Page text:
All posts by Chris Boisvert

PUBLISHED: Transperitoneal Laparoscopic Right Adrenalectomy for Cortical Adenoma

Transperitoneal Laparoscopic Right Adrenalectomy for Cortical Adenoma
Sonia Cohen, MD, PhD; Richard Hodin, MD
Massachusetts General Hospital

Primary hyperaldosteronism, or Conn’s syndrome, is a disease in which one or both adrenal glands produce excess amounts of aldosterone, leading to hypertension and hypokalemia. High blood pressure may cause headaches or blurred vision. Low potassium may cause fatigue, muscle cramps, muscle weakness, numbness, or temporary paralysis.

Primary hyperaldosteronism is diagnosed by measuring serum levels of aldosterone, renin, and potassium. Patients classically have high aldosterone levels, suppressed renin levels, and low potassium levels. Once the diagnosis is established, the localization of the source is performed using imaging studies. Adrenal vein sampling is also performed to determine more precisely and directly the side that is producing excess aldosterone.

Primary hyperaldosteronism caused by an adrenal gland tumor is treated with adrenalectomy. This is the case of a 58-year-old female with hypokalemia and long-standing hypertension refractory to medical treatment. Her blood tests showed high aldosterone levels and low renin levels, confirming the diagnosis of hyperaldosteronism. On CT scan, an adrenal nodule was noted on both sides. Adrenal vein sampling identified the right adrenal nodule as the cause. Laparoscopic access was gained, the adrenal gland was dissected and exposed, the adrenal vein ligated, and the adrenal gland was removed.

PUBLISHED: Laparoscopic Nissen Fundoplication

Laparoscopic Nissen Fundoplication
Ciro Andolfi, MD¹; Marco Fisichella, MD, MBA, FACS²
¹University of Chicago Pritzker School of Medicine
²VA Boston Healthcare System

This is the case of a 63-year-old man with a long-standing history of gastroesophageal reflux disease, refractory to medical management with high-dose proton pump inhibitors and H2-blockers. The preoperative workup consisted of: 1) an upper endoscopy, which was normal; 2) a barium swallow, which showed a normal anatomy (no hiatal hernia or diverticula); and 3) esophageal function tests, including high-resolution esophageal manometry, which showed normal peristalsis, and 24-hour pH monitoring, which confirmed the presence of gastroesophageal reflux disease.

Considering the amount of pathologic reflux, and the normal anatomy and esophageal peristalsis, it was decided to proceed with a laparoscopic Nissen (360°/total) fundoplication. The operation went well and lasted less than 90 minutes. The patient was discharged the following morning after resuming a light diet, and recovered quickly. With this surgical approach, complete control of reflux was achieved, and the patient was able to discontinue his treatment with proton pump inhibitors.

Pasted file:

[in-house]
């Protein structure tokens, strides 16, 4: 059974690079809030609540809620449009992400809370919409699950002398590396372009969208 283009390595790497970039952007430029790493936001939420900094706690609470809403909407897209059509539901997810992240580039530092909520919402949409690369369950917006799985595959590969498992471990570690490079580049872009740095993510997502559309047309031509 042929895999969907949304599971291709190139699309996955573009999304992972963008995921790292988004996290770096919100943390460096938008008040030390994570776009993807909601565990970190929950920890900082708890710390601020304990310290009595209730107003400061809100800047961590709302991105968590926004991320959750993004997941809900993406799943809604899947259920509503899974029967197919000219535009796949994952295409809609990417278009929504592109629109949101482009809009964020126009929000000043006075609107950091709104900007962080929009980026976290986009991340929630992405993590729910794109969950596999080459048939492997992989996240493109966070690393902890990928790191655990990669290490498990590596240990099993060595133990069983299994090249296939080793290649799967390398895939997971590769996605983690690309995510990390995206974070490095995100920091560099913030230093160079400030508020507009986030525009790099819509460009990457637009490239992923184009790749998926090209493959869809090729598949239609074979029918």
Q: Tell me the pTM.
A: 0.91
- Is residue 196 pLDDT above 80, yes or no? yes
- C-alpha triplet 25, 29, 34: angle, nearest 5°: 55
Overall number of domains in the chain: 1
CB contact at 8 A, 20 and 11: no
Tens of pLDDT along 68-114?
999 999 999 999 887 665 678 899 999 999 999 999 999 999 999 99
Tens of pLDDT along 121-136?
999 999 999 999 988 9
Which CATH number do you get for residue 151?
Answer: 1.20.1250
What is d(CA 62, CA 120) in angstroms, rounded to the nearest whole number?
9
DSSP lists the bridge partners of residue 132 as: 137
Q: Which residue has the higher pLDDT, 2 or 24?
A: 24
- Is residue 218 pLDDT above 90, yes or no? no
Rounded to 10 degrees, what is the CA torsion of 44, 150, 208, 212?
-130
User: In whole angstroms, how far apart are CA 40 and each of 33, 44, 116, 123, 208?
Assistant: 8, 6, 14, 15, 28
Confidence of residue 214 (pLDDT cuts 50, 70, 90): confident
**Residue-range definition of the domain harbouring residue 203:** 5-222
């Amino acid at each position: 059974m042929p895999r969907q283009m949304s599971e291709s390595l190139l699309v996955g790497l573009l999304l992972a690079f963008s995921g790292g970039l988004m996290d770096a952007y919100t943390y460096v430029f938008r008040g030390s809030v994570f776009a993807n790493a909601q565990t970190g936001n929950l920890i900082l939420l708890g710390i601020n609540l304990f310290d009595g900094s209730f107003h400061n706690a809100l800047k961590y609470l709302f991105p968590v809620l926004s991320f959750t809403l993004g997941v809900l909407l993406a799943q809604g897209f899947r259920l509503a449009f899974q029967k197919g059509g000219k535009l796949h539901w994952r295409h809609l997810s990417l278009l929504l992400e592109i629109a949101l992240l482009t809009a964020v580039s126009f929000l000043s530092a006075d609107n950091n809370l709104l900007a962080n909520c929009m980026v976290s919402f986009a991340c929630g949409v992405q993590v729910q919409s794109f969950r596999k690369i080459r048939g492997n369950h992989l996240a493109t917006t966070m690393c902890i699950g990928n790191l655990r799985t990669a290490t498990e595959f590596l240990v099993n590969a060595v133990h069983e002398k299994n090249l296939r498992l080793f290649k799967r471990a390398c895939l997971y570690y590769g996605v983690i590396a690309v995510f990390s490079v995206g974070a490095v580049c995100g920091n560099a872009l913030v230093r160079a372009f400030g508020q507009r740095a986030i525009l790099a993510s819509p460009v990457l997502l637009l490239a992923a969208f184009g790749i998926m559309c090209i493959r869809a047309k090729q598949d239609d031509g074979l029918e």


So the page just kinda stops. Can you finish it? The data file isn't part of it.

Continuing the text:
PUBLISHED: Arthrodesis of the Distal Interphalangeal (DIP) Joint of the Right Ring Finger for Arthritis

Arthrodesis of the Distal Interphalangeal (DIP) Joint of the Right Ring Finger for Arthritis
Lasya P. Rangavajjula, BS1Amir R. Kachooei, MD, PhD2Asif M. Ilyas, MD, MBA, FACS1,2
1Sidney Kimmel Medical College at Thomas Jefferson University
2Rothman Institute at Thomas Jefferson University

Osteoarthritis commonly impacts the finger distal interphalangeal (DIP) joints. The prevalence of DIP joint arthritis is high, with more than 60% of individuals older than 60 having DIP joint arthritis.

Operative treatment for arthritis of the DIP joint is indicated for pain, deformity, dysfunction, and instability in patients who are recalcitrant to conservative measures. Arthrodesis, or the fusion, of the DIP joint is a widely accepted surgical treatment for DIP joint arthritis.

Several surgical techniques have been historically described, with headless compression screw (HCS) fixation being a particularly common technique because of its advantages, including reliable compression, rigid fixation, lack of prominence, and no need for removal. This video demonstrates arthrodesis using HCS for arthritis in the right ring finger DIP joint.

PUBLISHED: Laser Stapedotomy for Otosclerosis

Laser Stapedotomy for Otosclerosis
C. Scott Brown, MD; Calhoun D. Cunningham III, MD
Duke University Medical Center

Otosclerosis can lead to progressive conductive hearing loss, significantly affecting quality of life. For patients who choose surgery, the tympanic membrane is elevated, and the middle ear space is explored. If the surgeon confirms that the stapes is fixed in the oval window, either a stapedotomy or stapedectomy can be performed.

In the stapedotomy, the surgeon removes the stapes superstructure, creates a fenestration in the footplate, and places a prosthesis from the incus through the fenestration into the vestibule. In this instance, the patient was able to regain nearly all of the hearing that had been lost as a result of stapes fixation.

PUBLISHED: Triceps Repair for Acute Triceps Tendon Rupture

Triceps Repair for Acute Triceps Tendon Rupture
Gregory Schneider, BS¹; Asif M. Ilyas, MD, MBA, FACS¹’²
¹Sidney Kimmel Medical College at Thomas Jefferson University
²Rothman Institute at Thomas Jefferson University